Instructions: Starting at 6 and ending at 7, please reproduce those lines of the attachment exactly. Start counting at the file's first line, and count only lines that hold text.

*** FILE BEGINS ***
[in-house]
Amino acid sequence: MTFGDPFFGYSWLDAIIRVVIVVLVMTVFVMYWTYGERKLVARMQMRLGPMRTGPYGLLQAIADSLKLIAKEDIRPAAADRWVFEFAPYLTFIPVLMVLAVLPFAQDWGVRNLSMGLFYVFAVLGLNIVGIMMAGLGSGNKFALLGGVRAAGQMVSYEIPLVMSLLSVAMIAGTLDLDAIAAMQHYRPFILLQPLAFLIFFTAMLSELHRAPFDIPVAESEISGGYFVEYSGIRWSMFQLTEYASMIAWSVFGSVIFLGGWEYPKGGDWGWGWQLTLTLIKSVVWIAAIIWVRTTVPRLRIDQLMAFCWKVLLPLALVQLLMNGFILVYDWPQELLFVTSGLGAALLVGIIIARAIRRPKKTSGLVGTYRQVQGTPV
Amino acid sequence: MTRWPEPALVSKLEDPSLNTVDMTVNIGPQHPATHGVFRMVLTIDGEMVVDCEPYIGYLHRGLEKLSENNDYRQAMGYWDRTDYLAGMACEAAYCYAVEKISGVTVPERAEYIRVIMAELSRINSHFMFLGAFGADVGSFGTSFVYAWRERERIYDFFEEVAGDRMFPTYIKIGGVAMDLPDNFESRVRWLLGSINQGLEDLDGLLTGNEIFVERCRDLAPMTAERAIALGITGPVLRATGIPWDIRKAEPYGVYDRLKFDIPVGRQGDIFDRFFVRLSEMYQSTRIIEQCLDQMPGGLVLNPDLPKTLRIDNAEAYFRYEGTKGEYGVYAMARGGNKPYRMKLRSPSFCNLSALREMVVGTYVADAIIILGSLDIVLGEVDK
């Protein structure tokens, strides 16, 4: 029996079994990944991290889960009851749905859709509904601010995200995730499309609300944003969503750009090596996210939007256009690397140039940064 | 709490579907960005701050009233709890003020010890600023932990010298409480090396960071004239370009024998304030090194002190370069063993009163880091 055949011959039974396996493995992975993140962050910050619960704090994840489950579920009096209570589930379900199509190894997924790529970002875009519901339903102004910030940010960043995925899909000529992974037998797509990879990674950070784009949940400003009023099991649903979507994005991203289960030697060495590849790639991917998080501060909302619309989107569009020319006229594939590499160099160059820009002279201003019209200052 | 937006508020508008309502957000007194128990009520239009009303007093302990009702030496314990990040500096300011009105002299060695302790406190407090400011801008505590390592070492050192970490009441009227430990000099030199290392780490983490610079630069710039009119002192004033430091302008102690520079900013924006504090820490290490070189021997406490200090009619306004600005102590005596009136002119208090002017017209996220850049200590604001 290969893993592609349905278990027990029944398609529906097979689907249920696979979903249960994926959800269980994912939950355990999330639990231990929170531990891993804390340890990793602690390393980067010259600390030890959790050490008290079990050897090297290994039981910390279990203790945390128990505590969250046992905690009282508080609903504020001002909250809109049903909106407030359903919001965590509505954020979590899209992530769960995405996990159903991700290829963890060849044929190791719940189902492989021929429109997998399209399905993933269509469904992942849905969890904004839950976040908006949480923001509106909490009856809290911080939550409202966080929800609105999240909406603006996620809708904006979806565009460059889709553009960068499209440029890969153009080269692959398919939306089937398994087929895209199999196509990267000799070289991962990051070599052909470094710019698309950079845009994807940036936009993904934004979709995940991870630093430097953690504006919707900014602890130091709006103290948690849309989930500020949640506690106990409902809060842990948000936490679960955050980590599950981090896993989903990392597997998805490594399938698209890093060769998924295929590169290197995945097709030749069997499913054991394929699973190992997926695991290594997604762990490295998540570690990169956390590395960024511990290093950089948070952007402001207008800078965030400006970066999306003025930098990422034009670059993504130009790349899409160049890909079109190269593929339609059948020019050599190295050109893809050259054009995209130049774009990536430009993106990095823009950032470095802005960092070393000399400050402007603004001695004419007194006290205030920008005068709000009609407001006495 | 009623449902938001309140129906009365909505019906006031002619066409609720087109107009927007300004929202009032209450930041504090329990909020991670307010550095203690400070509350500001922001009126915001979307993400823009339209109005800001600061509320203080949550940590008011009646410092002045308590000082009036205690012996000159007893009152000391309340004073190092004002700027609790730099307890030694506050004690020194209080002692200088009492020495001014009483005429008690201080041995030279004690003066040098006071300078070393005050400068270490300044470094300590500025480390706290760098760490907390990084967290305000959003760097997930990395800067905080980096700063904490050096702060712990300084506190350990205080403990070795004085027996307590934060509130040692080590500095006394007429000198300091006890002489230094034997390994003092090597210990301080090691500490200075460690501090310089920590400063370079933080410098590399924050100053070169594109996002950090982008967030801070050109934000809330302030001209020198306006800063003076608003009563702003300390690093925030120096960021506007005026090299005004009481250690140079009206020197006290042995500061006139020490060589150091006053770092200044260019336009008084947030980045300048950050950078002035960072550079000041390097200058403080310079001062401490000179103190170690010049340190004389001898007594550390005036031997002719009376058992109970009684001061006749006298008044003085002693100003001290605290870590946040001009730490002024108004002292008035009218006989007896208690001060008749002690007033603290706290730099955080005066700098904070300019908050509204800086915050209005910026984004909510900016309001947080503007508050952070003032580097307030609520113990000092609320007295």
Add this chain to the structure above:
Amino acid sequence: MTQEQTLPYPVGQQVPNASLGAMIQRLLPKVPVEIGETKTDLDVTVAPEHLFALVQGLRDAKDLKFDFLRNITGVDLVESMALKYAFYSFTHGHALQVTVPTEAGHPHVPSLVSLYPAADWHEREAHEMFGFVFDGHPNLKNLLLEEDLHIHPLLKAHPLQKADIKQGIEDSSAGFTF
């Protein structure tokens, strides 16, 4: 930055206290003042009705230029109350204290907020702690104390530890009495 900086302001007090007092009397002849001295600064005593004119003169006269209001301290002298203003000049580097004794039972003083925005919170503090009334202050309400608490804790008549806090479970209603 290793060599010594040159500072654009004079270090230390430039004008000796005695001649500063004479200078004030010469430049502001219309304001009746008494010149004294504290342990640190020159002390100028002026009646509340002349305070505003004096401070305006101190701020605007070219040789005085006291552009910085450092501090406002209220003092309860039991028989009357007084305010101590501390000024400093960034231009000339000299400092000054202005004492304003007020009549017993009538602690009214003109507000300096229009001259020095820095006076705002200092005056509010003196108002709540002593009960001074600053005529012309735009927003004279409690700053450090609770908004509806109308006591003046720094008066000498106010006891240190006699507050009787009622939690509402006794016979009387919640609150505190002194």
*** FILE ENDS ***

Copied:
Amino acid sequence: MTQEQTLPYPVGQQVPNASLGAMIQRLLPKVPVEIGETKTDLDVTVAPEHLFALVQGLRDAKDLKFDFLRNITGVDLVESMALKYAFYSFTHGHALQVTVPTEAGHPHVPSLVSLYPAADWHEREAHEMFGFVFDGHPNLKNLLLEEDLHIHPLLKAHPLQKADIKQGIEDSSAGFTF
């Protein structure tokens, strides 16, 4: 930055206290003042009705230029109350204290907020702690104390530890009495 900086302001007090007092009397002849001295600064005593004119003169006269209001301290002298203003000049580097004794039972003083925005919170503090009334202050309400608490804790008549806090479970209603 290793060599010594040159500072654009004079270090230390430039004008000796005695001649500063004479200078004030010469430049502001219309304001009746008494010149004294504290342990640190020159002390100028002026009646509340002349305070505003004096401070305006101190701020605007070219040789005085006291552009910085450092501090406002209220003092309860039991028989009357007084305010101590501390000024400093960034231009000339000299400092000054202005004492304003007020009549017993009538602690009214003109507000300096229009001259020095820095006076705002200092005056509010003196108002709540002593009960001074600053005529012309735009927003004279409690700053450090609770908004509806109308006591003046720094008066000498106010006891240190006699507050009787009622939690509402006794016979009387919640609150505190002194």